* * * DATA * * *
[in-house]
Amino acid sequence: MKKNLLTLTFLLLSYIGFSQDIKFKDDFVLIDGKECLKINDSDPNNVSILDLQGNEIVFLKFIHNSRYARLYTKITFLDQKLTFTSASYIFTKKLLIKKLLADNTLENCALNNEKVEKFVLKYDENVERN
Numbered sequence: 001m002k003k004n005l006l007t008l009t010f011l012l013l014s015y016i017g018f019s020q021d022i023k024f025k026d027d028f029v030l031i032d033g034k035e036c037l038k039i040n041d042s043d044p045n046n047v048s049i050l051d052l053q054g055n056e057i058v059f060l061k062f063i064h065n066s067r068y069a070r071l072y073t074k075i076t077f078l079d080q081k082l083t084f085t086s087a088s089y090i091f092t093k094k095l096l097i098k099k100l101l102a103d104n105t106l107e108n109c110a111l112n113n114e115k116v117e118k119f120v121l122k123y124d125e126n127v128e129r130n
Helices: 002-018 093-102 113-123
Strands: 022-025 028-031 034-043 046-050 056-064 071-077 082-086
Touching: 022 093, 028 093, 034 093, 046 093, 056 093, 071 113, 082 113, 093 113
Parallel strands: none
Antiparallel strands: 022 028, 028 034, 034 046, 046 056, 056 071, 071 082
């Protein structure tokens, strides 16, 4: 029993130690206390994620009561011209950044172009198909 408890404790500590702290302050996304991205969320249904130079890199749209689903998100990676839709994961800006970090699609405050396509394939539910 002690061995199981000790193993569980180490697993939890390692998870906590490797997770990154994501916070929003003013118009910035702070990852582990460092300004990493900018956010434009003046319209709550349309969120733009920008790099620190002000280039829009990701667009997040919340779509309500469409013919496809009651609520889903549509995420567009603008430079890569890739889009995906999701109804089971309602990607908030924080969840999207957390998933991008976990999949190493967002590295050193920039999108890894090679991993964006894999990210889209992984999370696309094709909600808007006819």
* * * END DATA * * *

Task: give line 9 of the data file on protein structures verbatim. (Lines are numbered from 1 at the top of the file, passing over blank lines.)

């Protein structure tokens, strides 16, 4: 029993130690206390994620009561011209950044172009198909 408890404790500590702290302050996304991205969320249904130079890199749209689903998100990676839709994961800006970090699609405050396509394939539910 002690061995199981000790193993569980180490697993939890390692998870906590490797997770990154994501916070929003003013118009910035702070990852582990460092300004990493900018956010434009003046319209709550349309969120733009920008790099620190002000280039829009990701667009997040919340779509309500469409013919496809009651609520889903549509995420567009603008430079890569890739889009995906999701109804089971309602990607908030924080969840999207957390998933991008976990999949190493967002590295050193920039999108890894090679991993964006894999990210889209992984999370696309094709909600808007006819």